Thank you also for putting to us the insightful, thought provoking questions you ask in relation to our positionality, within the advising experiences we have had. The position I describe in this anecdote, and those that stem from the different roles I’ve mentioned above, are quite common in my advising experience in a very general sense. In other words, because each person I work with brings a unique background, and a very personal story to the advising sessions, I find it necessary to respond to these by allowing or prompting the student to lead, and for me to sort of fit into the spaces/roles that are left open as part of this response, and the dialogue it creates.

    When I am fortunate enough to have a student who returns on a regular basis, such as the one I have shared in this column, it is often the case that the many roles, or positions, emerge and change as the relationship develops. As such, I don’t know if I would say that I feel that I have to reinvent and reconceptualise my advising identity regularly per se; but rather keep an open mind and an open ear so that I can respond appropriately to each student – as a person who is sympathetic to the complex personality and situation they have come to share with me – and to use my experience and empathy to help them reflect on their aims, achievements, worries and questions, with the goal of helping them discover how much they can do for themselves once they are better positioned to see what they are capable of doing.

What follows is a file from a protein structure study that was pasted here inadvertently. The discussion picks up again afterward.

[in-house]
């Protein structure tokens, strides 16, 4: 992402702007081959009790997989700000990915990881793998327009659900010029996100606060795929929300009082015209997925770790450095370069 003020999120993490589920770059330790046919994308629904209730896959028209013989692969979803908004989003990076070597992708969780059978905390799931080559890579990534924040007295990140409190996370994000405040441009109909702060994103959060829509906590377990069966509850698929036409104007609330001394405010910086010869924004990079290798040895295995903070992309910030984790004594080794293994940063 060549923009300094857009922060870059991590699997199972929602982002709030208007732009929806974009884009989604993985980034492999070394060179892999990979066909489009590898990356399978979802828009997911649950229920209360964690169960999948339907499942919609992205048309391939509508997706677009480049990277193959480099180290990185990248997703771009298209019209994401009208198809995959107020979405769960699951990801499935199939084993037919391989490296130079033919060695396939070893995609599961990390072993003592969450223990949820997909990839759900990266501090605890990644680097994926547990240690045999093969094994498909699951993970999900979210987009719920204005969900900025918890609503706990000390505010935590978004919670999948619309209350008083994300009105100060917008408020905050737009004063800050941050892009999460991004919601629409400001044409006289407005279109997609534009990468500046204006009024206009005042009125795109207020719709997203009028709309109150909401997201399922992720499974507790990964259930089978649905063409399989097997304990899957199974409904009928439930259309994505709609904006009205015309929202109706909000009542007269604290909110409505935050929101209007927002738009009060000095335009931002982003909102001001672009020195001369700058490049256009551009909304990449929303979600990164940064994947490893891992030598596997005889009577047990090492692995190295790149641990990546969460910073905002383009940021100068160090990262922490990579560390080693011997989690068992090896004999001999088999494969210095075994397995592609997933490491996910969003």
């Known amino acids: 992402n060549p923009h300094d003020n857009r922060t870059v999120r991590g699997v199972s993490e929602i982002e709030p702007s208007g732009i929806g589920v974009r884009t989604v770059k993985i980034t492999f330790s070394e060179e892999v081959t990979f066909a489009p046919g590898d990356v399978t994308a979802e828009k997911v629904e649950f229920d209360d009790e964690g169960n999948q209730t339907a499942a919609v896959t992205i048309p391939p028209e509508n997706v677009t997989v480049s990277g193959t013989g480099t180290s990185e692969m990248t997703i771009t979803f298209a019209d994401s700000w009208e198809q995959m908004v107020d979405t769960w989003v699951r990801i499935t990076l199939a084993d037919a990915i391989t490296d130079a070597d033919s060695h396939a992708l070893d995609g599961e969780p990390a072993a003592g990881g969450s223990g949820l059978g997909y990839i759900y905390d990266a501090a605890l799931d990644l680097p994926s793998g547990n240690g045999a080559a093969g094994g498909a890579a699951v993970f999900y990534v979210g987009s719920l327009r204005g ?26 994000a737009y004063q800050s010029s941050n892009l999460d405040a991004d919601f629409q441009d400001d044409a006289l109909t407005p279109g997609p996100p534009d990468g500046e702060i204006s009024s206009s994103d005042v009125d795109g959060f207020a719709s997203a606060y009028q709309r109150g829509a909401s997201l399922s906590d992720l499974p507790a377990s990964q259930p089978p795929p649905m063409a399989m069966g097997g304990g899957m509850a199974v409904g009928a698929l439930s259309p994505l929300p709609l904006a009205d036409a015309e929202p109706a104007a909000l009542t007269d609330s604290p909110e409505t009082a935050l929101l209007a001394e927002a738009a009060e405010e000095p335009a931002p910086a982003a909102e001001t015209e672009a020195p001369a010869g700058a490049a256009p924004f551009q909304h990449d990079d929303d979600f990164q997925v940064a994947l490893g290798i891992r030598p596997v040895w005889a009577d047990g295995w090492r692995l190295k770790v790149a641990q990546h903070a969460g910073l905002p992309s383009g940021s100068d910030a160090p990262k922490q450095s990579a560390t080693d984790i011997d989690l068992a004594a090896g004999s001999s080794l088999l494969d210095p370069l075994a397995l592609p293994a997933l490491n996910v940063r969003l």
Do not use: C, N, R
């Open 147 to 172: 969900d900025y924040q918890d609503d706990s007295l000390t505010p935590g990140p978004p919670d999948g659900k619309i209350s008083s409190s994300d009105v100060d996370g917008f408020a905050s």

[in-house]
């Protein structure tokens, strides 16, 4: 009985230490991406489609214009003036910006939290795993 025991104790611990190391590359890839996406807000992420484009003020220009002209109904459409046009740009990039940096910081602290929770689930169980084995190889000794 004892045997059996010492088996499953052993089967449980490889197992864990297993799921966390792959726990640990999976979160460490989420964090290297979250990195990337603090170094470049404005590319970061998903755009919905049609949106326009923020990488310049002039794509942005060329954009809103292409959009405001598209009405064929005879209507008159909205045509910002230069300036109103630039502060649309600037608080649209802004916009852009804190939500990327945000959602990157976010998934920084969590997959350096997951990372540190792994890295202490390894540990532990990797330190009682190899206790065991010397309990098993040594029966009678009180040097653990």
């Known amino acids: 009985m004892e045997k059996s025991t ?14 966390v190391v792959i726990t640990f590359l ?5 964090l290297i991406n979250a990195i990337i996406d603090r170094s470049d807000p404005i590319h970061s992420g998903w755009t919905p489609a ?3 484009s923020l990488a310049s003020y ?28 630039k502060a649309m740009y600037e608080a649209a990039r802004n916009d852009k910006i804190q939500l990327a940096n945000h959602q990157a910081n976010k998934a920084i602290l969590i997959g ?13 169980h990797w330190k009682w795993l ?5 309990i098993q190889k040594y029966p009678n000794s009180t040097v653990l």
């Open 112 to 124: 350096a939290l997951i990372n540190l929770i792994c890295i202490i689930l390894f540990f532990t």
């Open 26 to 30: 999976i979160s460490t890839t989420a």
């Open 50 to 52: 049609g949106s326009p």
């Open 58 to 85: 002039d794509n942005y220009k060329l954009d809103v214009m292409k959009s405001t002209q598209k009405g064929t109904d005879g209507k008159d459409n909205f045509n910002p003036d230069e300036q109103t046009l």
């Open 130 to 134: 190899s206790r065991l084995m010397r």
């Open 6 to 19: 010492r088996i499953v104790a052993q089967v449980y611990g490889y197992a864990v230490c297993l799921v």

Ways I have reflected on my advising and the role I play within the sessions/conversations have included, recording and transcribing advising sessions (with the student’s agreement), and doing a reflective analysis of the dialogue, by examining my use of different advising strategies, and how these helped (or hindered) the flow of the session, and where these placed us along the way. I agree that it is important and useful to take time to consider how we, as advisors, change and how our perceptions of what we do and how we try to accomplish it changes also.

    Perhaps, another quite straightforward way to do this could be to keep a diary, following sessions with one or more students one works regularly with, which would provide opportunities to reflect further on how our advising identity shifts and evolves over time. This could be an effective approach to further reflect on this somewhat hard-to-access aspect of advising, and contribute to developing a deeper understanding of what goes on beneath the surface of the reflective dialogue of advising in language learning, and the importance of stepping back to get a wider view.